Fall rains predicted to ease Europe’s historic drought

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This fall may bring respite from a great drought that may be Europe’s worst in at least 500 years, EU scientists said today.

Almost half of the European landmass is currently under a drought alert, a report from the Joint Research Centre (JRC) said. But it predicted that “close to normal” weather will return in the coming months.

“In many areas of Europe, this is the first good signal in terms of in terms of drought” which might lead to an easing of “the current critical condition,” said report author and JRC scientist Andrea Toreti.

Toreti said a full analysis of this year’s drought would reveal whether it has been worse than the spring and summer of 2018, which was Europe’s most extreme recorded dry spell since at least 1500.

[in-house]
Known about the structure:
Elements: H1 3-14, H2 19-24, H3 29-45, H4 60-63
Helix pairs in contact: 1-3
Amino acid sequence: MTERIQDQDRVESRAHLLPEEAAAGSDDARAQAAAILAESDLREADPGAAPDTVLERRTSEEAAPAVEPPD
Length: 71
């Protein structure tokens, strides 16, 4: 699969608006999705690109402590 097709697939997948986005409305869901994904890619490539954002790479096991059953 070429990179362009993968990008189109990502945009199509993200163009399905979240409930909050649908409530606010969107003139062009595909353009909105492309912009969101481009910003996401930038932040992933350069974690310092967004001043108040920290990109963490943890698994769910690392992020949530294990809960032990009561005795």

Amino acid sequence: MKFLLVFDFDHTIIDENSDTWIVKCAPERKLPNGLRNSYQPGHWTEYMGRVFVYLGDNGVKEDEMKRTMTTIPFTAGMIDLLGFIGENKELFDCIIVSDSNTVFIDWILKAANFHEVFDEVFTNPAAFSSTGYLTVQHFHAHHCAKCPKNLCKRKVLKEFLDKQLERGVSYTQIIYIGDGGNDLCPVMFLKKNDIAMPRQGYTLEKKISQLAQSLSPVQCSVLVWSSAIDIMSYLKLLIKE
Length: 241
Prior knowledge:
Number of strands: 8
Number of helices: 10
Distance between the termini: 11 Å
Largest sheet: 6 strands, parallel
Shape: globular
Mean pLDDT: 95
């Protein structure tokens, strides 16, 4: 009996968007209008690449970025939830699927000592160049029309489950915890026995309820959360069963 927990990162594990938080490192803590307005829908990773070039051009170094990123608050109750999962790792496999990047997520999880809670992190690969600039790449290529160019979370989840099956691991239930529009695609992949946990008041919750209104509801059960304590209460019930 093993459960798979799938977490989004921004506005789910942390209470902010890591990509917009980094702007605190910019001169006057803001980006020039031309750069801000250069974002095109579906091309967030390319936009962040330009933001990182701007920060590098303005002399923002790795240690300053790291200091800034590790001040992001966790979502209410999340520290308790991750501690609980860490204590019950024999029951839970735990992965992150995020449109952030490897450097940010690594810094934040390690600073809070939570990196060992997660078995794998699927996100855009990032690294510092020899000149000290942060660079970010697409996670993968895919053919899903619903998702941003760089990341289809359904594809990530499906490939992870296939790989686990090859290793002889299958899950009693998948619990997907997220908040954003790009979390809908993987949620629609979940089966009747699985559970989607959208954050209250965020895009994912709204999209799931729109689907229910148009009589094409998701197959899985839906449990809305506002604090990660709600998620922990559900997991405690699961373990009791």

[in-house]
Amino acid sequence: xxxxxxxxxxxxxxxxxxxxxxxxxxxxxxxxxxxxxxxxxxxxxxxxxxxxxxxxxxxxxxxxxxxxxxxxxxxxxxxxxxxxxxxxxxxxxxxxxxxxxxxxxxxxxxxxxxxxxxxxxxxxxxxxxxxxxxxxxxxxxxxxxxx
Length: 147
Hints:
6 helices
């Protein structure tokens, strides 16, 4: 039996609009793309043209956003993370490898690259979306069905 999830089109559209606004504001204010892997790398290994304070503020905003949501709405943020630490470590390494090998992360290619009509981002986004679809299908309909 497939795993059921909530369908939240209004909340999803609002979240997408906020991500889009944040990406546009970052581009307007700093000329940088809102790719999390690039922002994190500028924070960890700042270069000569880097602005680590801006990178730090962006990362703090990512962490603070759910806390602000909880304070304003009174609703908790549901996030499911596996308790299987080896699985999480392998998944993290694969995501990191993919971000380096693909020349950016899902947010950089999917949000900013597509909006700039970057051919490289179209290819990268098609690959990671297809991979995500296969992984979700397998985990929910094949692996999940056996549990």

“We haven’t finalized the analysis of this year’s event because it is still ongoing. But by looking at the event this year, it seems to be worse than 2018,” he said.

Parts of Spain and Portugal are expected to stay hot and dry until November; in southern Spain reservoirs are now at 30 percent of average levels.

But the forecast will provide some hope across a Continent where great rivers are now low and sluggish, crops yields are being slashed and forests are under strain.

Toreti found “widespread stress on vegetation,” especially in the Italian lowlands, Hungary and parts of Serbia and Romania.